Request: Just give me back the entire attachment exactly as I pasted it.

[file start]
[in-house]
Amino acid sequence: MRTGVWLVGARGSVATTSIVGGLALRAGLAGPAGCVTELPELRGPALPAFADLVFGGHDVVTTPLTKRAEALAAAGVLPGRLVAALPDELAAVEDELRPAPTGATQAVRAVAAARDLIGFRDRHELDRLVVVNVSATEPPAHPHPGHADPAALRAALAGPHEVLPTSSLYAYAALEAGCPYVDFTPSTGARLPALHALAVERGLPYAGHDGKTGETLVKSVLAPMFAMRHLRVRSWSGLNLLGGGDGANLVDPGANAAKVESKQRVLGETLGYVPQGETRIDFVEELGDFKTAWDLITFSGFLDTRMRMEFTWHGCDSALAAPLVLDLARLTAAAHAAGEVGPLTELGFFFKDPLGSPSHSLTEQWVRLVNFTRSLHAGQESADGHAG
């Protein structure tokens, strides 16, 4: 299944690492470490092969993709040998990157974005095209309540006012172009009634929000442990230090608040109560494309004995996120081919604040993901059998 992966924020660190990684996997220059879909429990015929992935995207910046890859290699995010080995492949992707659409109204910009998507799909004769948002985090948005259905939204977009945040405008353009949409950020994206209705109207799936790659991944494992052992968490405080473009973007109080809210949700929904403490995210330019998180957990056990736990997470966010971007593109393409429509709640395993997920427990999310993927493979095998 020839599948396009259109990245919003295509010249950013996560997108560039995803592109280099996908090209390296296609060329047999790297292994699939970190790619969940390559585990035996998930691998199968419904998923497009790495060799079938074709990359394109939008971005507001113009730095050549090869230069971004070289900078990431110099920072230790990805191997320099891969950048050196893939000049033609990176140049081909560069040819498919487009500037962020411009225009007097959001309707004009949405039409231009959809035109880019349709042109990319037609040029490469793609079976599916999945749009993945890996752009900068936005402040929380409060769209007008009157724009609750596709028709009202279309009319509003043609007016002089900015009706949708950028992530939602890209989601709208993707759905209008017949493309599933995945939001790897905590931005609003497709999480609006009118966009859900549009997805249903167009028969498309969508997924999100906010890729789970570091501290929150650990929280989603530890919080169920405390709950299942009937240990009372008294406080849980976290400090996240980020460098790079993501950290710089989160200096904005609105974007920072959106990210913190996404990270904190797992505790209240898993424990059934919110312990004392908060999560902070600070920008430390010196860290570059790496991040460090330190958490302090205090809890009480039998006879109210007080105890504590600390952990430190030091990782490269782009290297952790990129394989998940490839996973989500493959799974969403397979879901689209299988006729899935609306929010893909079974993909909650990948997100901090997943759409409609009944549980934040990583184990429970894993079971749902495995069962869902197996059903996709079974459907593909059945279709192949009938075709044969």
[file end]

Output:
[in-house]
Amino acid sequence: MRTGVWLVGARGSVATTSIVGGLALRAGLAGPAGCVTELPELRGPALPAFADLVFGGHDVVTTPLTKRAEALAAAGVLPGRLVAALPDELAAVEDELRPAPTGATQAVRAVAAARDLIGFRDRHELDRLVVVNVSATEPPAHPHPGHADPAALRAALAGPHEVLPTSSLYAYAALEAGCPYVDFTPSTGARLPALHALAVERGLPYAGHDGKTGETLVKSVLAPMFAMRHLRVRSWSGLNLLGGGDGANLVDPGANAAKVESKQRVLGETLGYVPQGETRIDFVEELGDFKTAWDLITFSGFLDTRMRMEFTWHGCDSALAAPLVLDLARLTAAAHAAGEVGPLTELGFFFKDPLGSPSHSLTEQWVRLVNFTRSLHAGQESADGHAG
């Protein structure tokens, strides 16, 4: 299944690492470490092969993709040998990157974005095209309540006012172009009634929000442990230090608040109560494309004995996120081919604040993901059998 992966924020660190990684996997220059879909429990015929992935995207910046890859290699995010080995492949992707659409109204910009998507799909004769948002985090948005259905939204977009945040405008353009949409950020994206209705109207799936790659991944494992052992968490405080473009973007109080809210949700929904403490995210330019998180957990056990736990997470966010971007593109393409429509709640395993997920427990999310993927493979095998 020839599948396009259109990245919003295509010249950013996560997108560039995803592109280099996908090209390296296609060329047999790297292994699939970190790619969940390559585990035996998930691998199968419904998923497009790495060799079938074709990359394109939008971005507001113009730095050549090869230069971004070289900078990431110099920072230790990805191997320099891969950048050196893939000049033609990176140049081909560069040819498919487009500037962020411009225009007097959001309707004009949405039409231009959809035109880019349709042109990319037609040029490469793609079976599916999945749009993945890996752009900068936005402040929380409060769209007008009157724009609750596709028709009202279309009319509003043609007016002089900015009706949708950028992530939602890209989601709208993707759905209008017949493309599933995945939001790897905590931005609003497709999480609006009118966009859900549009997805249903167009028969498309969508997924999100906010890729789970570091501290929150650990929280989603530890919080169920405390709950299942009937240990009372008294406080849980976290400090996240980020460098790079993501950290710089989160200096904005609105974007920072959106990210913190996404990270904190797992505790209240898993424990059934919110312990004392908060999560902070600070920008430390010196860290570059790496991040460090330190958490302090205090809890009480039998006879109210007080105890504590600390952990430190030091990782490269782009290297952790990129394989998940490839996973989500493959799974969403397979879901689209299988006729899935609306929010893909079974993909909650990948997100901090997943759409409609009944549980934040990583184990429970894993079971749902495995069962869902197996059903996709079974459907593909059945279709192949009938075709044969």